The last of its kind
Barnes & Noble may not be trending as the most progressive or popular company out there, but as the last remaining national bookstore chain in America, one thing they are is tenacious. The company has recently taken that tenacity and started another business venture: prototype stores that merge bookstores and restaurant.
Book nerds merge with foodies
Barnes & Noble predicted in 2013 that they would be closing a sobering amount of stores, but they’ve actually closed fewer stores than planned and are now going to add restaurants to keep their doors open. This isn’t like the typical Starbucks’s we’re accustomed to seeing in their bookstores either, there will actually be no signs of scones or coffee, but a full service restaurant complete with wine. Yes, wine.
These hybrid book stores (with wine) will be available to consumers October ’16 with the first store located in Eastchester, NY. The rest of the stores will be rolled out at the end of the ’17 fiscal year, located in area’s including the Edina Galleria in Edina, MN, the Palladio in Folsom, CA, and at One Loudon in Loudon, VA. These areas were chosen because they contain a more upscale market with customers that might enjoy a book, a meal, and glass of wine at the same time.
Competition is key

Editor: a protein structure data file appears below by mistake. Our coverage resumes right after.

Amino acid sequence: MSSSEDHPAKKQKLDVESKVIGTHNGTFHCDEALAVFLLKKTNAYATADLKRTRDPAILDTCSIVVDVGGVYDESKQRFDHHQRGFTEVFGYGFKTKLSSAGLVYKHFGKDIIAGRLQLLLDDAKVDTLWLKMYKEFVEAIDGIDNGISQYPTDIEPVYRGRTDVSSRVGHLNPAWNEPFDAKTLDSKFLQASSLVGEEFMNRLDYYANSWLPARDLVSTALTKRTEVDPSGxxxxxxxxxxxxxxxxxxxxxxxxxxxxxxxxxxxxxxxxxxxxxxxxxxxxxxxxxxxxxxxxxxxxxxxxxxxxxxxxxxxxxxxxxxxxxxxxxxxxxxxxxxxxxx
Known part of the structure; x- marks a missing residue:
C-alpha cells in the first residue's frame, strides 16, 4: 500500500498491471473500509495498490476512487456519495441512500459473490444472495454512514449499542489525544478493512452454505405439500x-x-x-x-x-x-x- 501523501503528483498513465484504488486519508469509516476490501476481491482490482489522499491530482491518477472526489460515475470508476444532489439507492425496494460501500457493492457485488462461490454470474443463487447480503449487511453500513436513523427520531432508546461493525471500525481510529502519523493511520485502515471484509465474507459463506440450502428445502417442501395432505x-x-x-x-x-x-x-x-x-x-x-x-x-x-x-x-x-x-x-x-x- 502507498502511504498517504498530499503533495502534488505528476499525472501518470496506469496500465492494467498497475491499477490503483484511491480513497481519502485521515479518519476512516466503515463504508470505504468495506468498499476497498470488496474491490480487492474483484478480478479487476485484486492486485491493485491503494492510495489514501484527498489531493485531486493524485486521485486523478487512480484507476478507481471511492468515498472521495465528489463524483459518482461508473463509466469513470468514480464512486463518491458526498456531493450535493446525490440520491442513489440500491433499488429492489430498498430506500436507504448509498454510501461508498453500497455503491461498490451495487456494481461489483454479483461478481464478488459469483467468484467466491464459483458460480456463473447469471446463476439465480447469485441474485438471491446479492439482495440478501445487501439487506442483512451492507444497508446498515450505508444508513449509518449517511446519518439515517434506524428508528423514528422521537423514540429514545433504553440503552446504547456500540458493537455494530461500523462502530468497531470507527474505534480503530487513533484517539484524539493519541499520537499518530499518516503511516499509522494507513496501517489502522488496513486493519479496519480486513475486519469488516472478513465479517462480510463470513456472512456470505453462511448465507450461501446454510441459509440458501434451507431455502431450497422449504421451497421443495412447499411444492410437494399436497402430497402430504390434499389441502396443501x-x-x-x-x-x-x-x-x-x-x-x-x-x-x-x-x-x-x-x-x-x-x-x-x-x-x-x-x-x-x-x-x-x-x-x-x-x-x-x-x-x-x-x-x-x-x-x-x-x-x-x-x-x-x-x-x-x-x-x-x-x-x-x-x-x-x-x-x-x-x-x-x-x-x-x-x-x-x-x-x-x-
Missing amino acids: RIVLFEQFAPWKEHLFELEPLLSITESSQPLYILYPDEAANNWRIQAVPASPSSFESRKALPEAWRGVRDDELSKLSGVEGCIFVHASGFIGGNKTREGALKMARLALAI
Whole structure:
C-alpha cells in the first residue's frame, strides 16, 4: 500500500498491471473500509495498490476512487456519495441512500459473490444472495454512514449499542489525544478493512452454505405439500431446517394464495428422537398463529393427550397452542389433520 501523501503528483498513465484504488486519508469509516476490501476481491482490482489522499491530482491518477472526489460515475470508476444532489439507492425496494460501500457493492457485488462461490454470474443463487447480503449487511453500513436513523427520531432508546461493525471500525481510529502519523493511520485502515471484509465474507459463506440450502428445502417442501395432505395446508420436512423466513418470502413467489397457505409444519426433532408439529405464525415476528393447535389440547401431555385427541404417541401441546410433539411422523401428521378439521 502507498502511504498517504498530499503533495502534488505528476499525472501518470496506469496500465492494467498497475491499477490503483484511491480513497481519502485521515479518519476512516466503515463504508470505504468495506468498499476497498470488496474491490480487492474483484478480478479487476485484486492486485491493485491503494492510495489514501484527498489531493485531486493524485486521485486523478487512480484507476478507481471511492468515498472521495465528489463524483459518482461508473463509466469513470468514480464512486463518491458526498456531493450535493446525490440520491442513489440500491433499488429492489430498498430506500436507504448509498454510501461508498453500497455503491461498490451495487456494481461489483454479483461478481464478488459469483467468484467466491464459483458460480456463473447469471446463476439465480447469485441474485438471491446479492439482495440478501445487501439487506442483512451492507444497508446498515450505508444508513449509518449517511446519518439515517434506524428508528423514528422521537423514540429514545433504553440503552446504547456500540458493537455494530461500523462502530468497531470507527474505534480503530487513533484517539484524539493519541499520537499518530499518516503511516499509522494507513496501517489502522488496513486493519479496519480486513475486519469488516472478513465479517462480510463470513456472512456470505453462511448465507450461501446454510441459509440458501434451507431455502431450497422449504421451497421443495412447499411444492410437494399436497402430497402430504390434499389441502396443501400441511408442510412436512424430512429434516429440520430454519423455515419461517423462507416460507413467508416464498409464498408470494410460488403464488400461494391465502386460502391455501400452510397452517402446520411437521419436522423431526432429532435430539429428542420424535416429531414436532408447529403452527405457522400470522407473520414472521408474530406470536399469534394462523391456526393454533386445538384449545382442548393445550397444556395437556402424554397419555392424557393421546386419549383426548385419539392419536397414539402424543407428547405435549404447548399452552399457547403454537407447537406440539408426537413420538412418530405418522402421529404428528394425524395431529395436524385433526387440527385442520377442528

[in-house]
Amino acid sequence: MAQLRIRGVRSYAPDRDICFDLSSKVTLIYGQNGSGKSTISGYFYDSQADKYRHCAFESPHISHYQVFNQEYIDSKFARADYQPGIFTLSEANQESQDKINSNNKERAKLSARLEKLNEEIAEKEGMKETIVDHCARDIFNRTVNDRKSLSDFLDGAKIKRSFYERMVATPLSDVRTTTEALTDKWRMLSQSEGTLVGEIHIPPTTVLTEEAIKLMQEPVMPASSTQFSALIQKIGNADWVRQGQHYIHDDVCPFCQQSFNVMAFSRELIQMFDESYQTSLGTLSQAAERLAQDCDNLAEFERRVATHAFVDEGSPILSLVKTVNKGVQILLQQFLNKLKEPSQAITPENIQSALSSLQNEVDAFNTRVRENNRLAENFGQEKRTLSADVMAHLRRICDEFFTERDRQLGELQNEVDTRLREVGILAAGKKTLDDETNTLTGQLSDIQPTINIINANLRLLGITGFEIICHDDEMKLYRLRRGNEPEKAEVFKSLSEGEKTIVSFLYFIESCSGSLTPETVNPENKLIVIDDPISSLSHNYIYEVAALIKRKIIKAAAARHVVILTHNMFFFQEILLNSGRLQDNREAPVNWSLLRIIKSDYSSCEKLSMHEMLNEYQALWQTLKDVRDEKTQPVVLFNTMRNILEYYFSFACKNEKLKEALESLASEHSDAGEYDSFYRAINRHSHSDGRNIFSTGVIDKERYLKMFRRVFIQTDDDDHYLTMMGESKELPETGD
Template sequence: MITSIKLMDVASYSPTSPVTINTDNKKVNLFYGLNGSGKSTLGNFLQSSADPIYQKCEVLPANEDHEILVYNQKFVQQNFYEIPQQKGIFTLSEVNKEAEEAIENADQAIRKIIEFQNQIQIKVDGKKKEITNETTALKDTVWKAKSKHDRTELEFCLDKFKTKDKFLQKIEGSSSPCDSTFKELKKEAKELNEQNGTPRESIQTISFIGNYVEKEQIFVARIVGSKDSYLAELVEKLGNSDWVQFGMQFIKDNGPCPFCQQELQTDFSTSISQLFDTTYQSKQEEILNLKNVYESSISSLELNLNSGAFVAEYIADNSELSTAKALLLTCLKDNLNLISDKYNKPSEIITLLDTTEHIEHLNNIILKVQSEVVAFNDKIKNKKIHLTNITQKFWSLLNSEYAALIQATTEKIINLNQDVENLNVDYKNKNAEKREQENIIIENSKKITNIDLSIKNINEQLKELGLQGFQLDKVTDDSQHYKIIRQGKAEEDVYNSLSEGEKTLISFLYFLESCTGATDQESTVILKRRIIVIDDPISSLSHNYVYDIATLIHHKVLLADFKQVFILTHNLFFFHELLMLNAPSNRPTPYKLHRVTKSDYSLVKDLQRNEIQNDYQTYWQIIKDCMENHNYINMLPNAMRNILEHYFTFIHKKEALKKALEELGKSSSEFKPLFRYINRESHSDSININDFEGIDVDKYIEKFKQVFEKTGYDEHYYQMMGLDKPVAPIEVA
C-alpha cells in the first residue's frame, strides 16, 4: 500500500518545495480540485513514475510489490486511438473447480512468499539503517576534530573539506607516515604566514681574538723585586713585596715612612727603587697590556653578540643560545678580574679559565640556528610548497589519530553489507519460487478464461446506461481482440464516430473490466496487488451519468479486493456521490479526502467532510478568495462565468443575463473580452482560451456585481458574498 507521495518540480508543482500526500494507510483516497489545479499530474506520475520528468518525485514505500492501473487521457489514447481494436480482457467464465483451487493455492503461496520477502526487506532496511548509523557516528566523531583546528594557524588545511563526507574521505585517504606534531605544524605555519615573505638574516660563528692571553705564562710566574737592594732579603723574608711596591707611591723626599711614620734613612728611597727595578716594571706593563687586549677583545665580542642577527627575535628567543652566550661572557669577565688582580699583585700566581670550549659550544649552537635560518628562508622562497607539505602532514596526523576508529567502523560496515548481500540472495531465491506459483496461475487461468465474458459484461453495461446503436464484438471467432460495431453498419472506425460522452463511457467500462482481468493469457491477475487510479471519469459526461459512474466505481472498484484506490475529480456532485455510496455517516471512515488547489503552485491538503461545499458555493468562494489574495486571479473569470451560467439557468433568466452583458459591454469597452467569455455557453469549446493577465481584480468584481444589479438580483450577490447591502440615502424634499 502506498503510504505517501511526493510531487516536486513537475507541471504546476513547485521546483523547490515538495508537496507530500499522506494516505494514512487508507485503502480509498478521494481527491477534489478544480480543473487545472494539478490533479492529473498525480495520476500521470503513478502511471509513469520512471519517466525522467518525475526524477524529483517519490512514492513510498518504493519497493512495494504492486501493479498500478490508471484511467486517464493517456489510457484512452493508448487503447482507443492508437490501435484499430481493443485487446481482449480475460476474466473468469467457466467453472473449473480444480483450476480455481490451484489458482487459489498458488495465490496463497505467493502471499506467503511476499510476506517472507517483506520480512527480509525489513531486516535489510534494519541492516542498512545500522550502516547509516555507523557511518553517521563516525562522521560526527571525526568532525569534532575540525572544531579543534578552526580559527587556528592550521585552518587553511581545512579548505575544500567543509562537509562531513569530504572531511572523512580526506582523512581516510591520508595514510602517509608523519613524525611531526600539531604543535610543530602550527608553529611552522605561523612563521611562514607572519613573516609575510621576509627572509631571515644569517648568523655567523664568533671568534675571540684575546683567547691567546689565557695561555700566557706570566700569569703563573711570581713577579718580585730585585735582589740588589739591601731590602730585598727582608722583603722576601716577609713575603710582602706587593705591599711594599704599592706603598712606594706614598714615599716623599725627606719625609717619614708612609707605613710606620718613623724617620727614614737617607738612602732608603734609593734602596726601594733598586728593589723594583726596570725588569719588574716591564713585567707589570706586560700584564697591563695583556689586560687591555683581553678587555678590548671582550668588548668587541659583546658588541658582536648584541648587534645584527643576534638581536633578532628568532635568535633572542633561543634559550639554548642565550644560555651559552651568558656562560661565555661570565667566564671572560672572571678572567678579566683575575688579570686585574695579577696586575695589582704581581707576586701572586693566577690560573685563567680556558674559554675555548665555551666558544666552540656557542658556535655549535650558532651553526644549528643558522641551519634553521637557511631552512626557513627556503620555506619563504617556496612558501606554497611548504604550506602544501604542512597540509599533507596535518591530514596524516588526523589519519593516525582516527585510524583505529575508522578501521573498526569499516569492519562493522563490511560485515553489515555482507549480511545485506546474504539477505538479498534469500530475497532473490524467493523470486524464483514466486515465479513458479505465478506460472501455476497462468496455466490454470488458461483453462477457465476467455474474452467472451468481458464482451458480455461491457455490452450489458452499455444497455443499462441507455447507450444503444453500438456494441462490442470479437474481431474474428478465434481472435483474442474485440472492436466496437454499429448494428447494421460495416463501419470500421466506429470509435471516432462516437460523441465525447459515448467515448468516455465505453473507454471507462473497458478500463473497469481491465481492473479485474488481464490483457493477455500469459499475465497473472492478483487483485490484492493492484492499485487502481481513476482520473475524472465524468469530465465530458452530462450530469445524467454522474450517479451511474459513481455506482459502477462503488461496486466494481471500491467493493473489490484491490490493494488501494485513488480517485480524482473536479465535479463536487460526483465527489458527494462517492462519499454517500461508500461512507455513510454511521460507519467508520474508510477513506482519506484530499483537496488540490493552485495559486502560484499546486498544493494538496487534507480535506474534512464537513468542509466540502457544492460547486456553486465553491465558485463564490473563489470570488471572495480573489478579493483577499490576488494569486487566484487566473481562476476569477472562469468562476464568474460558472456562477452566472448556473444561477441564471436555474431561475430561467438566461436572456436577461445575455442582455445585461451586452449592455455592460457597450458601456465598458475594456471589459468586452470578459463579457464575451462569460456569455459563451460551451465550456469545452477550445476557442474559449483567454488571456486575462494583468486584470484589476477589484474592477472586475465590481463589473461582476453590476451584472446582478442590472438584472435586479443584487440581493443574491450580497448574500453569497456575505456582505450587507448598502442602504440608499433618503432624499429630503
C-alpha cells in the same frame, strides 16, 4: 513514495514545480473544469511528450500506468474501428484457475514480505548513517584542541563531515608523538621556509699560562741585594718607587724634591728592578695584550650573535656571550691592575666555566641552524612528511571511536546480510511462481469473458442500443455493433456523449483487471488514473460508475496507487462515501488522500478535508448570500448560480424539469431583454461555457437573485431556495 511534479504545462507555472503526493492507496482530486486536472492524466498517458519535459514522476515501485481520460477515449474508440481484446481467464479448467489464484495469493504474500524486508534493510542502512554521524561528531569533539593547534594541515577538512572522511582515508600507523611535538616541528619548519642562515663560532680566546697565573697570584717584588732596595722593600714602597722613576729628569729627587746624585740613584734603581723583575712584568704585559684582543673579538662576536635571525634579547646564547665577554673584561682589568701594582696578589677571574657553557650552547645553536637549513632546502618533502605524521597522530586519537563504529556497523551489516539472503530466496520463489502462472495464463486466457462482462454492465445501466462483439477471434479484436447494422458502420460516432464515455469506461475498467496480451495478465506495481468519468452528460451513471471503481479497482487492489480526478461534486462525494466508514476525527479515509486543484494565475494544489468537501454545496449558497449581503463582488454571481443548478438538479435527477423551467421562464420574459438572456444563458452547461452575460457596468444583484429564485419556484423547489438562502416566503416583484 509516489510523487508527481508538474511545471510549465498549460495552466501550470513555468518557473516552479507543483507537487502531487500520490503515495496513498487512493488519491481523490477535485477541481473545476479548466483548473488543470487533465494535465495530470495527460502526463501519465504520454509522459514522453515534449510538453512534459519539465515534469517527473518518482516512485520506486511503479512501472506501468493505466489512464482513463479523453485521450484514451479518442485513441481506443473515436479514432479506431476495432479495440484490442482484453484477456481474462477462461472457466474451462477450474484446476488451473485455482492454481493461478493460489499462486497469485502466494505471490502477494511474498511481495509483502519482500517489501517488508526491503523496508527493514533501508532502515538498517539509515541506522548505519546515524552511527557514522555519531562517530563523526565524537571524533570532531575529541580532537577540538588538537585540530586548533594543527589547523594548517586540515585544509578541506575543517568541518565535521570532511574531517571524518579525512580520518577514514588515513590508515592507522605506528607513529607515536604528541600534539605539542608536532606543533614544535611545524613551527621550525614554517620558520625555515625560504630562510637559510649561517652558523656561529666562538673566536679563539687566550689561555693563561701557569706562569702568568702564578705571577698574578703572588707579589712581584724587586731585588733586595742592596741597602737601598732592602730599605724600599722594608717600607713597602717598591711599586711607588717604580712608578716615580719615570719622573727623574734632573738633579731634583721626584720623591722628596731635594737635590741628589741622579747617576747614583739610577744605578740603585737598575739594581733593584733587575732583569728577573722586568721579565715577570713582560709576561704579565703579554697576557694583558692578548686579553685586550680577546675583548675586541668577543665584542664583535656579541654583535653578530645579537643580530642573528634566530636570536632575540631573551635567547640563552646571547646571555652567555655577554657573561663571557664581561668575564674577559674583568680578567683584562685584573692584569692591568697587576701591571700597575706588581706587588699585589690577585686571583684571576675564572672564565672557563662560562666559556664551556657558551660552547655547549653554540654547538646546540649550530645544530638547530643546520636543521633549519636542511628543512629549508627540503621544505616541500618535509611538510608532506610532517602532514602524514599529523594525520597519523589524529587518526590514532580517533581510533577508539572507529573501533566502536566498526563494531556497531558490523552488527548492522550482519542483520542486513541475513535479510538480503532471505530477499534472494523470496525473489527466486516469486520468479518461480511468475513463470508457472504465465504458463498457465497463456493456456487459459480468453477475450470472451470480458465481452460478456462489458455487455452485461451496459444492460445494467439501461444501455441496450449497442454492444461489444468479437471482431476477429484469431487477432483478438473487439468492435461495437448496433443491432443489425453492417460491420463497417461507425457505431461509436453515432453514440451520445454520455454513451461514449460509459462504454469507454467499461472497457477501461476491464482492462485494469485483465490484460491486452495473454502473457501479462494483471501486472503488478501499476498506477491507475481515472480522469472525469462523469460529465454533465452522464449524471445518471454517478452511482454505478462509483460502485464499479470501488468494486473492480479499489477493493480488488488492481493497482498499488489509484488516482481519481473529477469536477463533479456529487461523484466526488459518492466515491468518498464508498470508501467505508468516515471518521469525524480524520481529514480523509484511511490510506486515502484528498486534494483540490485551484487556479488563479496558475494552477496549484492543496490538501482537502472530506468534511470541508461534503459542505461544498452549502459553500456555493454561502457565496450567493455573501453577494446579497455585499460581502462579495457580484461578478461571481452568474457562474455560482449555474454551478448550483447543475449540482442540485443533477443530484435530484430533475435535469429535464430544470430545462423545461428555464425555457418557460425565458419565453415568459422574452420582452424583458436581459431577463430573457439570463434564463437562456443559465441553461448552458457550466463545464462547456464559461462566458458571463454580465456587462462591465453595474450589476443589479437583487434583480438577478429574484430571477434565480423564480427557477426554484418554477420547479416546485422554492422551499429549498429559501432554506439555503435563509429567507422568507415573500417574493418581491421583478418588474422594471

Currently, Barnes & Noble has just above 600 stores in the U.S. and although they are the largest physical bookstore to date, they still have widespread competition to outsmart; which justifies these prototype stores. Books-a-Million is the only other physical bookstore and is Barnes & Noble’s biggest rival, other competitors include general retailers like Amazon, along with regional and independent booksellers.
In addition to outsmarting the competition, Barnes & Noble has to also capture the eye of a generation that are too busy with work, life, kids, or reading AG articles, to sit down and read a book.
You all go try it out, Gretchen and I will pass
Barnes & Noble’s new layout is out of the ordinary for the typical bookstore goer, but is definitely worth a try. The new restaurant merger, if executed right, will provide more diverse revenue opportunity for the company and a more social environment for readers.
I can’t, however, say with confidence that I’ll take advantage of the merger; any time I see a Barnes & Noble, I’m conditioned to think of Mean Girls. But when I try to comprehend the now possibility of being mid-food-and-book, I remember Gretchen and her Barnes & Noble incident and just can’t commit.
But let us know how it is!
Pingback: Barnes & Noble is pivoting to… restaurants?! | The Passive Voice | A Lawyer's Thoughts on Authors, Self-Publishing and Traditional Publishing